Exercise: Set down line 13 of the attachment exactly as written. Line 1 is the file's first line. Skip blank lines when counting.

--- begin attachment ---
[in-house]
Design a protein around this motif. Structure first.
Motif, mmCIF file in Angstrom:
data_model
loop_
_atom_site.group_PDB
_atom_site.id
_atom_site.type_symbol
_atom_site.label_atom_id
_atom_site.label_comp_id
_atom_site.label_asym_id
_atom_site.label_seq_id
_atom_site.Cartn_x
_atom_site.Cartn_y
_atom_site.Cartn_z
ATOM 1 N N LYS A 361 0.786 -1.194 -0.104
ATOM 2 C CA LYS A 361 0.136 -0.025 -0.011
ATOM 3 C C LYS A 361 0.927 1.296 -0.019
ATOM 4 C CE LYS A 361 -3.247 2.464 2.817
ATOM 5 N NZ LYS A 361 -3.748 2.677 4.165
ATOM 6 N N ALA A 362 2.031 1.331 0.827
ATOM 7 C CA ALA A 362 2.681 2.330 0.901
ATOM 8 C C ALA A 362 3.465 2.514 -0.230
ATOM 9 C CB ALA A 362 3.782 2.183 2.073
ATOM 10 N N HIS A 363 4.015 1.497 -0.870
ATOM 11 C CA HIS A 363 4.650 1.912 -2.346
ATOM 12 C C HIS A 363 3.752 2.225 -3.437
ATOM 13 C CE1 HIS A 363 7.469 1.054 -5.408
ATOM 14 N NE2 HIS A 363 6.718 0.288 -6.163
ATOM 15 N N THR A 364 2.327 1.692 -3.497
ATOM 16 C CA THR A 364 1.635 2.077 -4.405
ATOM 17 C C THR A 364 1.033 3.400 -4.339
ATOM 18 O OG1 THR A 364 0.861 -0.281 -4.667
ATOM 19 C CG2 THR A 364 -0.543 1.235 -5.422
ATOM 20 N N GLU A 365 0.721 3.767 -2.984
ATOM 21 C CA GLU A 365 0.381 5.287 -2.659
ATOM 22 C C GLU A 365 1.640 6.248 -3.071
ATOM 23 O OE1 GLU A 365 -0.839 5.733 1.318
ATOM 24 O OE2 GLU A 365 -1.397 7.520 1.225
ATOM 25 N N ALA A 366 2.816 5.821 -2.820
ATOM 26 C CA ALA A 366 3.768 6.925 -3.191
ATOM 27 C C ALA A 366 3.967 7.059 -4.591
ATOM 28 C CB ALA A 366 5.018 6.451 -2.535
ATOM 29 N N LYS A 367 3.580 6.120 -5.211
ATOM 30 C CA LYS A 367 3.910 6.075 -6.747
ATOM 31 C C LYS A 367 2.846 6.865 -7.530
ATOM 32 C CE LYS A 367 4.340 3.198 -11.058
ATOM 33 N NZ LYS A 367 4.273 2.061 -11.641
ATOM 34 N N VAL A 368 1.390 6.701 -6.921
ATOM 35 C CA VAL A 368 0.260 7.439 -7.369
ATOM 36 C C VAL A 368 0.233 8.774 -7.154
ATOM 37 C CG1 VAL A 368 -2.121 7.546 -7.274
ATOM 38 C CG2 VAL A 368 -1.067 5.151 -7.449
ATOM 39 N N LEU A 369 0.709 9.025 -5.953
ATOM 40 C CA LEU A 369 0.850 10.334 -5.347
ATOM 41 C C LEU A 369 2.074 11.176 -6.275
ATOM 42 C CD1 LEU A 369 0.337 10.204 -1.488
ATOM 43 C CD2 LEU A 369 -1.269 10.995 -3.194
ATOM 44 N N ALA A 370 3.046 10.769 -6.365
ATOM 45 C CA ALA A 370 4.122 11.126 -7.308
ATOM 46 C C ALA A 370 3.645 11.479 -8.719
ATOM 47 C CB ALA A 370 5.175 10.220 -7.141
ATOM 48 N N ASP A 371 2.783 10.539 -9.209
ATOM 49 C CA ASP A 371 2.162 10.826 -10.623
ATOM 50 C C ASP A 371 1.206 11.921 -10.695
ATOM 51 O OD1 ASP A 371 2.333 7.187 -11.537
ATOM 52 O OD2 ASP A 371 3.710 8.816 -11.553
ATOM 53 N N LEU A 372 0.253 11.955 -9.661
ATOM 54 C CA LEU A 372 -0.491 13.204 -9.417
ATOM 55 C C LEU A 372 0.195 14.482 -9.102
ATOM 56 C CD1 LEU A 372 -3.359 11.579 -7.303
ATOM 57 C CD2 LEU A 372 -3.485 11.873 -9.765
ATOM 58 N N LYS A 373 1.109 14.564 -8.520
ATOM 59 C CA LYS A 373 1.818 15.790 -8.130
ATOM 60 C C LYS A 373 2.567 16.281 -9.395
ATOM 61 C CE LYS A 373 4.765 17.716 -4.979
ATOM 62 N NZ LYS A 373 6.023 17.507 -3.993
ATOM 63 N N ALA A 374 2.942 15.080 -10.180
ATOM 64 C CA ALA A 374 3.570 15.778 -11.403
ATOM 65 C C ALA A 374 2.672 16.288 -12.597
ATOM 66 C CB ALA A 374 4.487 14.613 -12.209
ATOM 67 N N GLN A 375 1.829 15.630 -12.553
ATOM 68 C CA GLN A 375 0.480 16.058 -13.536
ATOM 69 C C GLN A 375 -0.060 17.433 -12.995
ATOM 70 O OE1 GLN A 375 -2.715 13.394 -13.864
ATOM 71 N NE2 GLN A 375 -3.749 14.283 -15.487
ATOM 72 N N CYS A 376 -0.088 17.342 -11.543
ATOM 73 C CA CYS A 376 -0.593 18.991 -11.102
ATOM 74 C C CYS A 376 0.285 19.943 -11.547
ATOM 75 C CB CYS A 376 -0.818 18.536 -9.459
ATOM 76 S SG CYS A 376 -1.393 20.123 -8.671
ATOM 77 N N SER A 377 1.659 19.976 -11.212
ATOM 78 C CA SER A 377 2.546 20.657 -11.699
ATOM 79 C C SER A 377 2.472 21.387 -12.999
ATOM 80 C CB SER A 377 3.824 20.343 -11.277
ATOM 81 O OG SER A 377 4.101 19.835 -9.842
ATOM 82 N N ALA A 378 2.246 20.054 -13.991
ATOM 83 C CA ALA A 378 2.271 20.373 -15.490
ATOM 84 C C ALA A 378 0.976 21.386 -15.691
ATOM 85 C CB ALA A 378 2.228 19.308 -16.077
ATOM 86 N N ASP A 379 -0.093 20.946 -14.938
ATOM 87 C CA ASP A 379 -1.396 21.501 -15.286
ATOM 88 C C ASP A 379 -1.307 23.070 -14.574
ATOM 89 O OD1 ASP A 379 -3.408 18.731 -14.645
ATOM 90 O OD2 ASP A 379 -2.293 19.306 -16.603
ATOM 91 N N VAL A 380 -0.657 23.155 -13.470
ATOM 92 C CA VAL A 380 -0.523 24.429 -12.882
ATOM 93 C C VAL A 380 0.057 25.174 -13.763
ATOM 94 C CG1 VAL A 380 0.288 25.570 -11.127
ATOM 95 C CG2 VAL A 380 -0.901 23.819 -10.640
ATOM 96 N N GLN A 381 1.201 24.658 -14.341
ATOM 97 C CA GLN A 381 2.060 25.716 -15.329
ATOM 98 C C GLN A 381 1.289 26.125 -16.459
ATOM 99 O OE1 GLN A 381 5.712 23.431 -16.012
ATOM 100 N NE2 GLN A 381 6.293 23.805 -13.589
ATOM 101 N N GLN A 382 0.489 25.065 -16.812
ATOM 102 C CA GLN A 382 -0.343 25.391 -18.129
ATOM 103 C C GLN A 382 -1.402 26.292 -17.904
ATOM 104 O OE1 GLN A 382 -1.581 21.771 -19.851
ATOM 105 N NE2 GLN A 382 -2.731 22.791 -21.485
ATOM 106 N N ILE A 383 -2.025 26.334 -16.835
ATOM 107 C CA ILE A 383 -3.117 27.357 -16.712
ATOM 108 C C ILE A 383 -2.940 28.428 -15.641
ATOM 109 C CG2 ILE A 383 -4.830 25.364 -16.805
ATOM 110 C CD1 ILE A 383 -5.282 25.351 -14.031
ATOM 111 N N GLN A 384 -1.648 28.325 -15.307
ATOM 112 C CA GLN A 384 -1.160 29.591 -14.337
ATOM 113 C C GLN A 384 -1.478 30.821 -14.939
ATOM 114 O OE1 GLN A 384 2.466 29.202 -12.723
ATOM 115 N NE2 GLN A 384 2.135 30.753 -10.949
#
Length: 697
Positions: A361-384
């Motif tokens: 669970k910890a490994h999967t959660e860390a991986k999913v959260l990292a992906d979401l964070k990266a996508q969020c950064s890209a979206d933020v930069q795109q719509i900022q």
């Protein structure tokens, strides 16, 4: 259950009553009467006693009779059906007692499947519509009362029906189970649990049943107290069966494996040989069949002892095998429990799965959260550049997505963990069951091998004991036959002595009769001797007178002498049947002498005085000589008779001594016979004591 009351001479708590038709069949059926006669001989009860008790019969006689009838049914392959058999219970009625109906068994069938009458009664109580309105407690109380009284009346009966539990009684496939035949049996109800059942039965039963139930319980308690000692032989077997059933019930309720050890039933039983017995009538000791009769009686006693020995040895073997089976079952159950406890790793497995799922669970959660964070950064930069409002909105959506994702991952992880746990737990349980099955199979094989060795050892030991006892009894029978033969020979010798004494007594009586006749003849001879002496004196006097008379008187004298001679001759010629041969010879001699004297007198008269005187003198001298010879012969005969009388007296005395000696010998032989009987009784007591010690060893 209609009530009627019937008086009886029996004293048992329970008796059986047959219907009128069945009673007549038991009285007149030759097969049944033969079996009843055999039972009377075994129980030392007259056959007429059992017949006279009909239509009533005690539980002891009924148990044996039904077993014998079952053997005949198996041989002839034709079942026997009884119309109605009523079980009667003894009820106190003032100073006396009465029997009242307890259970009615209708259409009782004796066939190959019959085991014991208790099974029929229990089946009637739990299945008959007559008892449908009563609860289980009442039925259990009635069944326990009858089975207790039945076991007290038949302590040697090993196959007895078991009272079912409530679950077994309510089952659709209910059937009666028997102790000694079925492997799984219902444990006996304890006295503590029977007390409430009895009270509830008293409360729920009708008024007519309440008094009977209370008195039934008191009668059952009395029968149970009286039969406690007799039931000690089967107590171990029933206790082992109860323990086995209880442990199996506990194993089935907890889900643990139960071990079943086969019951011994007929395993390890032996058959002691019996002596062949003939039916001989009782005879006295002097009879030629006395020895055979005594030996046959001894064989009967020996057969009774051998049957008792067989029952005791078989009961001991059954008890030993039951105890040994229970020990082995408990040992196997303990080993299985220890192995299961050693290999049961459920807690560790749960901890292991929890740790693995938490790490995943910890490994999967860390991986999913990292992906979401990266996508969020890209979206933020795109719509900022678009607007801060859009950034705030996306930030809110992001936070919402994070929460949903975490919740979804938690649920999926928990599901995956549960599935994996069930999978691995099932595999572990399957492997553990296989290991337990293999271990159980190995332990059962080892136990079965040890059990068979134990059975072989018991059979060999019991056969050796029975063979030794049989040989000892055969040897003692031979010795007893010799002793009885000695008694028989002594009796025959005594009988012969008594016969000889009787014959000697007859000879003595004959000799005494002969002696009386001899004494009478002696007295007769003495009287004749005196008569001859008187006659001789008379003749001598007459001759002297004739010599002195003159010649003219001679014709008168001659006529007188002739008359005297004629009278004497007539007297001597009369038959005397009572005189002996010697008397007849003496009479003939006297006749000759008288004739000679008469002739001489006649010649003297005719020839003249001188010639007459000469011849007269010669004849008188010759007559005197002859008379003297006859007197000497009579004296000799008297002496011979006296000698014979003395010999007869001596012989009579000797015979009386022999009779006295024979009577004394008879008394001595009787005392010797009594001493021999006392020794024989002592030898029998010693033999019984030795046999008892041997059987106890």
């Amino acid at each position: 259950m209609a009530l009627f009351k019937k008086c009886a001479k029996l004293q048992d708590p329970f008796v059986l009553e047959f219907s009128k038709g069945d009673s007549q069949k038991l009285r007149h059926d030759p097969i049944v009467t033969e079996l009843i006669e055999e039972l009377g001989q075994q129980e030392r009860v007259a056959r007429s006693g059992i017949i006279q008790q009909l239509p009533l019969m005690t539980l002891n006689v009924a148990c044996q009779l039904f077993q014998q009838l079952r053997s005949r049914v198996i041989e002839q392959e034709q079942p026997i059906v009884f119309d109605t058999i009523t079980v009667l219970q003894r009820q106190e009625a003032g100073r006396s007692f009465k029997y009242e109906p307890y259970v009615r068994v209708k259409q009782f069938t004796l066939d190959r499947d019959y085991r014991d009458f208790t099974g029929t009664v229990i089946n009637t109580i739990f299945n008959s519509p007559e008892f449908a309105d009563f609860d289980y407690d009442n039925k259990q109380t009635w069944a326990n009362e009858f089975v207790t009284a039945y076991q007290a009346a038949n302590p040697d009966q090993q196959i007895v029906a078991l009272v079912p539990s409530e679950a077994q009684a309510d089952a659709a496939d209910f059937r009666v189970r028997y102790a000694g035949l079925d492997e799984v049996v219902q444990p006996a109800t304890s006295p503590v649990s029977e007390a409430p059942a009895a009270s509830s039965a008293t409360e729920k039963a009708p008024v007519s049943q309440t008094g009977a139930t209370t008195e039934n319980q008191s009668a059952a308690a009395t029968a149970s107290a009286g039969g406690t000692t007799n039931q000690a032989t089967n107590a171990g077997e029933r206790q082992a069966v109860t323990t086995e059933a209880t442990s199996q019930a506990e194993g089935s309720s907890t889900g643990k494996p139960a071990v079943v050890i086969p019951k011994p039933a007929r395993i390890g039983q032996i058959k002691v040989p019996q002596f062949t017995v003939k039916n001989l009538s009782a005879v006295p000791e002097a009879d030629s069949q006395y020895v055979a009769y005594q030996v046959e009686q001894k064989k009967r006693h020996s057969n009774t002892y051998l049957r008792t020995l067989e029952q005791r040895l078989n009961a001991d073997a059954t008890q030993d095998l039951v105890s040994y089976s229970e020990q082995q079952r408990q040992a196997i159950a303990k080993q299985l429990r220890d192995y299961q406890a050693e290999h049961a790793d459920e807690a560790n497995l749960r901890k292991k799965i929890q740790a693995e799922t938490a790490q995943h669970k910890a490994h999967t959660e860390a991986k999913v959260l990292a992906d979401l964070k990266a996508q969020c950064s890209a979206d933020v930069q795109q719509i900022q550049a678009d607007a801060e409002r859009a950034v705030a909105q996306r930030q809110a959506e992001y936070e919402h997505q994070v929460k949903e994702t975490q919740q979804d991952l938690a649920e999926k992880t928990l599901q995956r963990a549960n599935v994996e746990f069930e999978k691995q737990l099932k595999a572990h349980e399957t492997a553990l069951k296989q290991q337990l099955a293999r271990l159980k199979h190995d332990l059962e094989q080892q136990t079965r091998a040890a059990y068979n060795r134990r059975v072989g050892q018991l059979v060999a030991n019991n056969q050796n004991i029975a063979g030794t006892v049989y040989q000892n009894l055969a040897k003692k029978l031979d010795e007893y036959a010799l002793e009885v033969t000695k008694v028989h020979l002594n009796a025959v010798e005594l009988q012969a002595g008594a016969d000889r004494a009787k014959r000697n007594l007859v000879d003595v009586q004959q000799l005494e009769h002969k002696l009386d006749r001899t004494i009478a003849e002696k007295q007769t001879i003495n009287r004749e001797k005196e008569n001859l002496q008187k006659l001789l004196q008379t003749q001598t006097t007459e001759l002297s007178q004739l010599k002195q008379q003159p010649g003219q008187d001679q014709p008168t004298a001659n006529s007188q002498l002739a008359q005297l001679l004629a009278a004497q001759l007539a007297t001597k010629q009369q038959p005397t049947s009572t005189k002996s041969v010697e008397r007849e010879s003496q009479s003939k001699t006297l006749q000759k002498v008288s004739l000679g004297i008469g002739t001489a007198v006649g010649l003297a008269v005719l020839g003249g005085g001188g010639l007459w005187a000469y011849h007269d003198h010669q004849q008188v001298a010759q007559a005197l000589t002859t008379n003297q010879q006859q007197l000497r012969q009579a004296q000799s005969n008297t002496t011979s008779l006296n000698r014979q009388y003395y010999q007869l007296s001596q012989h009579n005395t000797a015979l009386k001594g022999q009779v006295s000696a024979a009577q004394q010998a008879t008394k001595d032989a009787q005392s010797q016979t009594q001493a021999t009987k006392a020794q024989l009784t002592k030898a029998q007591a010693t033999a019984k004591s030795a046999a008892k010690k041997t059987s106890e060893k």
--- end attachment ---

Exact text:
_atom_site.Cartn_x